Scott Mitchell Putesky, known as Daisy Berkowitz as a founding member of the South Florida goth-rock band Marilyn Manson and the Spooky Kids, died Sunday after a long battle with colon cancer.
The former Fort Lauderdale resident who, to the end, faced his illness with grace, humor and a generosity of spirit that defined his life beyond the stage, was 49. He was diagnosed with Stage 4 colon cancer in 2013 and died in hospice care in Boca Raton, where his parents live.
Known around the world by the name of its singer, Marilyn Manson, the band first stirred to life in 1989 as the invention of Putesky and Boca Raton resident Brian Warner. With kooky names and the kinky brashness of Warner’s title character, Marilyn Manson and the Spooky Kids found local success and then national prominence beginning with their 1994 Trent Reznor-produced debut album, “Portrait of an American Family,” and the 1995 EP “Smells Like Children.”
While the band became famous for its theatrical excesses, it prospered in large part because of the musical credibility provided by the gleaming, industrial-gear shredding of Putesky’s guitar on early Manson songs such as “Lunchbox,” “Dope Hat” and their hit cover of the Eurythmics’ “Sweet Dreams (Are Made of This).”
Rob Elba, who played the same South Florida clubs in the early 1990s with his band the Holy Terrors, says that most musically creative songs made by Marilyn Manson came from Putesky.
“He was such an inventive player. Marilyn Manson has his fans, and that’s fine, but musicians, especially, know that the only good songs and music they had was when Scott was in the band,” Elba says. “The first two records had such interesting musicality to them, aside from all the gothness and all that. Brian may have been a good lyricist, but the whole music part of Marilyn Manson was 90 percent Scott.”
Citing “creative differences,” Putesky left Manson during the recording of the band’s 1996 breakout album, “Antichrist Superstar.” He told Noisey in 2014 that Manson and Reznor let it be known that they weren’t interested in the music he had composed.
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“We had a number of unreleased songs that were contenders for ‘Antichrist’ that . . . [Manson] didn’t want to do or Trent didn’t want to record, so I was being slowly muscled out as far as my contribution,” Putesky said. He sued Manson for royalties from the six songs he is credited for on “Antichrist Superstar,” a case settled in 1998 for an undisclosed amount.
After Putesky’s death, Manson wrote on Instagram: “Scott Putesky and I made great music together. We had our differences over the years, but I will always remember the good times more. Everyone should listen to ‘Man That You Fear’ in his honor. That was our favorite.”
News of Putesky’s death inspired an outpouring of emotional internet posts, with many chronicling examples of Putesky’s big-hearted willingness to share time and expert advice with young musicians, budding music writers and fellow cancer fighters. After his diagnosis, Putesky started a GoFundMe page to raise money to cover daily expenses, with a goal of $5,000. Donations totaled more than $20,000.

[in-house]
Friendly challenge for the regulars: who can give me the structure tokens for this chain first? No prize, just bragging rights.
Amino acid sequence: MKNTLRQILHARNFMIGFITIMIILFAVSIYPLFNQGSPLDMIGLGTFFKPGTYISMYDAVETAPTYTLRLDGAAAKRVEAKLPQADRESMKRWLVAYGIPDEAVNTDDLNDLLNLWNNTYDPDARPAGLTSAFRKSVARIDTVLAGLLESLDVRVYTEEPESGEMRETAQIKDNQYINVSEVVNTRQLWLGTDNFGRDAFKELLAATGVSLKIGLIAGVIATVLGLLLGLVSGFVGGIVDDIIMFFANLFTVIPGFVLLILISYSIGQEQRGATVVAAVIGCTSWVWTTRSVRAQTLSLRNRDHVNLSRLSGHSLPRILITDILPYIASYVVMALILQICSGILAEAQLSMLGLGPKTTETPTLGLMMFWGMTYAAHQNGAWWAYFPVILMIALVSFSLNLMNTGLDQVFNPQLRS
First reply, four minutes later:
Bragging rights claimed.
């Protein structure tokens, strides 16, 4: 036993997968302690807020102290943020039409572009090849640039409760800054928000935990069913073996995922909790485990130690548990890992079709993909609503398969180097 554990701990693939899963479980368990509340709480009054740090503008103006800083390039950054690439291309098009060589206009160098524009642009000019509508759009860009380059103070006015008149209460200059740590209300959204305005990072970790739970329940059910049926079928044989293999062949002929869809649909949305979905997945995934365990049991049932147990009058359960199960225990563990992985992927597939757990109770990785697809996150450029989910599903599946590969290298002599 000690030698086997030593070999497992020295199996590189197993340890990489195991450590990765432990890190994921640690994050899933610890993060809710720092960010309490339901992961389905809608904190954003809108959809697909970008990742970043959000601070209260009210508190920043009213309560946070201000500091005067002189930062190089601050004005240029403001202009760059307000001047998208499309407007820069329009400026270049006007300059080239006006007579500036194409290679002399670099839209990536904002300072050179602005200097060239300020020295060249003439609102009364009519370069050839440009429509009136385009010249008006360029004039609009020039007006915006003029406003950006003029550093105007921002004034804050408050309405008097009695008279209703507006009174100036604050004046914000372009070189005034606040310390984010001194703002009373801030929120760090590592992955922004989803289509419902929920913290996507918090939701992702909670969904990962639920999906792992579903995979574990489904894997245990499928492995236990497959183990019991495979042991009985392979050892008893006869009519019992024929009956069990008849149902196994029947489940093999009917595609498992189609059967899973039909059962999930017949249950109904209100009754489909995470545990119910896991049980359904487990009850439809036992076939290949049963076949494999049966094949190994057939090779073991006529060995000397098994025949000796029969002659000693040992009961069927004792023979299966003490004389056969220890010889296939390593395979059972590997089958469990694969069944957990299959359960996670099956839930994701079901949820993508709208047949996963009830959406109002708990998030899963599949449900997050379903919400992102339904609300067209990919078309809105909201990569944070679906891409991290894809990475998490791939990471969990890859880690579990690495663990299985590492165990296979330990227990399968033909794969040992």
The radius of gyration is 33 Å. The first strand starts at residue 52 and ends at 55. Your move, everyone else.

In an Oct. 16 Facebook post, Putesky acknowledged a downturn in his condition, but remained upbeat: “I’ve come back from this particular situation before so I know I can do it again. I have a great and positive network of friends and caregivers and simply need help with mundane things like phone bills, transportation, shipping and other non-medical expenses. I feel your LOVE and support - THANK YOU!!”
Beyond music, Putesky had an associate degree in advertising design from the Art Institute of Fort Lauderdale and had been creating collages and drawings with markers and colored pencil.
“Cutting through the extreme fatigue of chemotherapy, I’m working on my art nearly every day,” he wrote on his page at SaatchiArt.com. “Creating comes naturally to me and now has become good therapy for me.”
“Professionally, I don’t know if he ever quite struck the balance he was looking for. But as a person, he succeeded,” longtime Sun Sentinel music writer Sean Piccoli says. “He was a rock star who was also a really decent person. He was someone you could talk to and laugh with over drinks at the Poorhouse, who told witty stories about the road, and someone who could write prose as well as music.”
Elba says the dark gloom of Marilyn Manson was the opposite of the man behind Daisy Berkowitz, who in later life used a publicity portrait of himself with a profusion of daisies erupting from his blazer pocket.
“He was the anti of what you would think someone from Marilyn Manson would be. He was a very sweet guy, always had a smile on his face and a very wry sense of humor about everything,” Elba says of his friend of 27 years. “He was easy to stay friends with, whether he was in the band, or after he left the band, he was always just Scott. He never had the rock star aura about him.”
In March, shortly after Putesky had returned to his parents’ home after living in Connecticut, he accepted an invitation to perform a song with Elba’s band Shark Valley Sisters in a set at the Poorhouse devoted to music of punk icons the Dead Boys. They settled on the Dead Boys’ classic “Sonic Reducer,” but Putesky had a request: He wanted to sing.
“He was such a great guitar player, but he was a frustrated singer,” Elba says, laughing. “He was an OK singer, but he was an amazing guitar player. But he did great. He really got into it. Everyone said, ‘Scott is awesome.’ And he was.”